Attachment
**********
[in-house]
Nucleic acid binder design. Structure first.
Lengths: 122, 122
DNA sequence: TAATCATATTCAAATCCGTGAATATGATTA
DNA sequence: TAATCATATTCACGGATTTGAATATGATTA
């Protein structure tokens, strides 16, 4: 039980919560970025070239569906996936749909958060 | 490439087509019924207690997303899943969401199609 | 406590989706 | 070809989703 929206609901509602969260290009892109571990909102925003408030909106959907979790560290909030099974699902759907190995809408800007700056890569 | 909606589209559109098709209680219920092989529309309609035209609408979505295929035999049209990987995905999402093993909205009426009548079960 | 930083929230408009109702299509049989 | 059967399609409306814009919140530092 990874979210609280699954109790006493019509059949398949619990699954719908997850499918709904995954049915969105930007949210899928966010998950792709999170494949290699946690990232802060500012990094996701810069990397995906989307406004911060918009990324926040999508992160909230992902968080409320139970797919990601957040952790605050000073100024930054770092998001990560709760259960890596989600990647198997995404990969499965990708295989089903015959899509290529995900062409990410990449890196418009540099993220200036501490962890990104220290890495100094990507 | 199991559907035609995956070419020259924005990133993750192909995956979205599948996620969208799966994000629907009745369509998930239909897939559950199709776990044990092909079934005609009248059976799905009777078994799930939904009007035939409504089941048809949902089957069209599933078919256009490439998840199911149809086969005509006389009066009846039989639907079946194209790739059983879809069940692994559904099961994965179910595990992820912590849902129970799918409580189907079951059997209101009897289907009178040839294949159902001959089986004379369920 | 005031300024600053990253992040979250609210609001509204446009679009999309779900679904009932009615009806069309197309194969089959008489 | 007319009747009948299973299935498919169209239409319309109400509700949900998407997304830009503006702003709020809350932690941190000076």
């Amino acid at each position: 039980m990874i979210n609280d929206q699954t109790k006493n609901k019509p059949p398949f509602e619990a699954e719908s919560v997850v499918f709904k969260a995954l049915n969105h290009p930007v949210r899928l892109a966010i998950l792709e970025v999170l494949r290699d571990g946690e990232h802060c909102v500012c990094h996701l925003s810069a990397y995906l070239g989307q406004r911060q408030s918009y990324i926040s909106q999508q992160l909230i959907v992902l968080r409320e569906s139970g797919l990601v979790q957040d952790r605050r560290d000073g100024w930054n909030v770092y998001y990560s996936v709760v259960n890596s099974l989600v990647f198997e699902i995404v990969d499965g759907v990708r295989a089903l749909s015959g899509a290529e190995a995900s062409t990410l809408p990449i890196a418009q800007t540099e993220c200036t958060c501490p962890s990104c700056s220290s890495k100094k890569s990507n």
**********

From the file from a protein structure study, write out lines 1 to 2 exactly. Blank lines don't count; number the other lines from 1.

[in-house]
Nucleic acid binder design. Structure first.